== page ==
The Governor, who immediately directed the payment, also announced that, the balance of four and a half months salary arrears would be settled as soon it receives the remaining tranches from the federal government.


Obuebite says that for the umpteenth time, the Bayelsa State Government sympathizes with the workers at the third tier of government, but sadly cannot do much, because local governments equally received their funds, which were not tampered with and moreover, the State Government has limited resources at its disposal, with enormous responsibilities of its own to tackle.


He adds that it is also creditable to note that Bayelsa state has continued to report its income and expenditure on a monthly basis to its citizens, in line with the administration’s transparency laws which enables persons to ask questions about how the state funds have been utilized. 

For the purpose of this report, I call on Nigerians to feel free to log onto the Bayelsa State Transparency site “ www.bayelsawatch.org” and see things for themselves.


He adds that it is a pity that the NLC failed to recognize the fact that Bayelsa state was the first state to acknowledge receipt of the Paris refund when it received it and that information was made public. But instead of commending the state for its transparency, they choose to be negaholics who do not see the good in anything.


“It is wrong and out place for anyone to mention Bayelsa State as one of the States owing salaries of primary school teachers, as it is constitutionally not the responsibility of the State Government to do so.”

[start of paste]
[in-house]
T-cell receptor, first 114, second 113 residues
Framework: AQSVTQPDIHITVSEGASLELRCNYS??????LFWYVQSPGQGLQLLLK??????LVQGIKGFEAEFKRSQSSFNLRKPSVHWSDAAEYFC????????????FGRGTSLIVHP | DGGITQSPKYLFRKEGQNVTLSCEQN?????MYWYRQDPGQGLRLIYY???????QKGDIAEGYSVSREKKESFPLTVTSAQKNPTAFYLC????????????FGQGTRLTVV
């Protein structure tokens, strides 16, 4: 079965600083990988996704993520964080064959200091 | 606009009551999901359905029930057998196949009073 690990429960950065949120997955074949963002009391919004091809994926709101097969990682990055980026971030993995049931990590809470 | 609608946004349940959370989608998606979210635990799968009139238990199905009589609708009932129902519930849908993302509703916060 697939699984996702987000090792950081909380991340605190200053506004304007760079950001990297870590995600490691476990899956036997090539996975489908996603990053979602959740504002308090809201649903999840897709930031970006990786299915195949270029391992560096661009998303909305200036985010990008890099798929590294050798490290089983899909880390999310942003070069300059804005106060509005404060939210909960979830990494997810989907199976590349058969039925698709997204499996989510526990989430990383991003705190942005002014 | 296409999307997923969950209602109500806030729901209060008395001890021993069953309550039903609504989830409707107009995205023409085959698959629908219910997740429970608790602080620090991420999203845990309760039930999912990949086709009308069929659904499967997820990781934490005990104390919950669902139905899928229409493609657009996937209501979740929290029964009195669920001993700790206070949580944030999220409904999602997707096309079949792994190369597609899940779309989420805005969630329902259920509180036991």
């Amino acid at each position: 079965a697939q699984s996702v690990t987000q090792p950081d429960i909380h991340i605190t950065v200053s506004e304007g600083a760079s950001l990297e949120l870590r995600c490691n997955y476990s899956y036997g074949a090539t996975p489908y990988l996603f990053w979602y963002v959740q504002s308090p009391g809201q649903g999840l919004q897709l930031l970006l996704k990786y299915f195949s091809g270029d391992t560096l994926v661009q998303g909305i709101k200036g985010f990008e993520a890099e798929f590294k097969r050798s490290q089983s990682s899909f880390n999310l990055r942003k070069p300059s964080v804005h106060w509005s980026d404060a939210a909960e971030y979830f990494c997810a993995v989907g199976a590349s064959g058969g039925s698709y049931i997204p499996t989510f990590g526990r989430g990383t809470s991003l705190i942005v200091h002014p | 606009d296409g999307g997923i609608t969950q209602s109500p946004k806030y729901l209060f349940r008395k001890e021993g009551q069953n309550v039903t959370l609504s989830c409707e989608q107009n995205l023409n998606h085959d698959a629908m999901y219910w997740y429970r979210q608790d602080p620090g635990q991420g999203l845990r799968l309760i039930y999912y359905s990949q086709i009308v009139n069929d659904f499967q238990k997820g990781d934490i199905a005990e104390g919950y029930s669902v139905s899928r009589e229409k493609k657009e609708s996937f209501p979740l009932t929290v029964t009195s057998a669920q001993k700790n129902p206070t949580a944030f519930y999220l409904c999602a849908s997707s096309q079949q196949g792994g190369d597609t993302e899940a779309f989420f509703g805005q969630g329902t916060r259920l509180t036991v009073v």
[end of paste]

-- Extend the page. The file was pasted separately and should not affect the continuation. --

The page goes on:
“Let it be known that, the payment of salaries of primary school teachers lies squarely with the local government councils.”


The commissioner also pointed out that the government disagrees totally with the report by the Nigerian Union Of Teachers (NUT), which says that Bayelsa is one of the 13 states still owing primary and secondary school salaries.


In his words, “I tell you categorically that even the local government chairmen will tell you that since the inception of Governor Dickson in 2012, the state has never under any circumstance tampered with local government funds and will never do”.


Statutorily, local government councils are responsible for the payment of primary school teachers, but because of the governor’s emphasis on education, Bayelsa state government paid 83% of that obligation and allowed the local governments to pay only 17%, but when there was a shortfall in the allocation, the state now paid 60% while the councils paid 40%, which is borne out of the governors magnanimity.


The statement therefore called on union leaders to be factual in their reports, so as to avoid any form of misunderstanding, andreassured the people of the State that the restoration administration will not allow itself to be distracted, but remain focused on its agenda of repositioning Bayelsa State for a greater and more prosperous future.